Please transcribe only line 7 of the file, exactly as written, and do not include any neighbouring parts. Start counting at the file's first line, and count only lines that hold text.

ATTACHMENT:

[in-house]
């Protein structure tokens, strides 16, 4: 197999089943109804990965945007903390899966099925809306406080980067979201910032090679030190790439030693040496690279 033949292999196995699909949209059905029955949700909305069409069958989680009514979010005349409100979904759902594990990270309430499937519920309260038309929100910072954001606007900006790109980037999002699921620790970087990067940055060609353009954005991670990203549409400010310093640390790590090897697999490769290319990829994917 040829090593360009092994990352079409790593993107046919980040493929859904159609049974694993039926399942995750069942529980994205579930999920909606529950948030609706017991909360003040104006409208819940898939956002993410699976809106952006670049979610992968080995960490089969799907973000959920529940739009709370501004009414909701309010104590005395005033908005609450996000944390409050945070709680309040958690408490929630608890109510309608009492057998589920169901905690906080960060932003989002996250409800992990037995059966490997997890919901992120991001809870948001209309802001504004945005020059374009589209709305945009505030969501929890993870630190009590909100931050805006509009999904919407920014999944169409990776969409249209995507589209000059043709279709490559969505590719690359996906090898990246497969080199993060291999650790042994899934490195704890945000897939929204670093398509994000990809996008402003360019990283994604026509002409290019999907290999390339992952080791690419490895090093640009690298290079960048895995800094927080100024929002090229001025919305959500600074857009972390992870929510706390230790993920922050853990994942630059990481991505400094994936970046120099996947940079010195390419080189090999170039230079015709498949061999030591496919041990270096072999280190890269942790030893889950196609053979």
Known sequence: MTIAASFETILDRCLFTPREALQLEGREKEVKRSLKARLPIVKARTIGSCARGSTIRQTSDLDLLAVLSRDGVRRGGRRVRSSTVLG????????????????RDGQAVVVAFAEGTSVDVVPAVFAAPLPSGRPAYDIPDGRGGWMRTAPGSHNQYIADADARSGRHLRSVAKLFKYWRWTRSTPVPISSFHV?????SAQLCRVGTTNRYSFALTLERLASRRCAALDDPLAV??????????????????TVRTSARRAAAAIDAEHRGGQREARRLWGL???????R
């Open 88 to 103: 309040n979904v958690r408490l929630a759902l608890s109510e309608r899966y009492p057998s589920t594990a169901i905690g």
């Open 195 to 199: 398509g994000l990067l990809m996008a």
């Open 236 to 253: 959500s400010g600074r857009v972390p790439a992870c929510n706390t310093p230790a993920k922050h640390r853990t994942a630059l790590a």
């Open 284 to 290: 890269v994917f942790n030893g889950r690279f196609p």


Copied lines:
């Open 284 to 290: 890269v994917f942790n030893g889950r690279f196609p």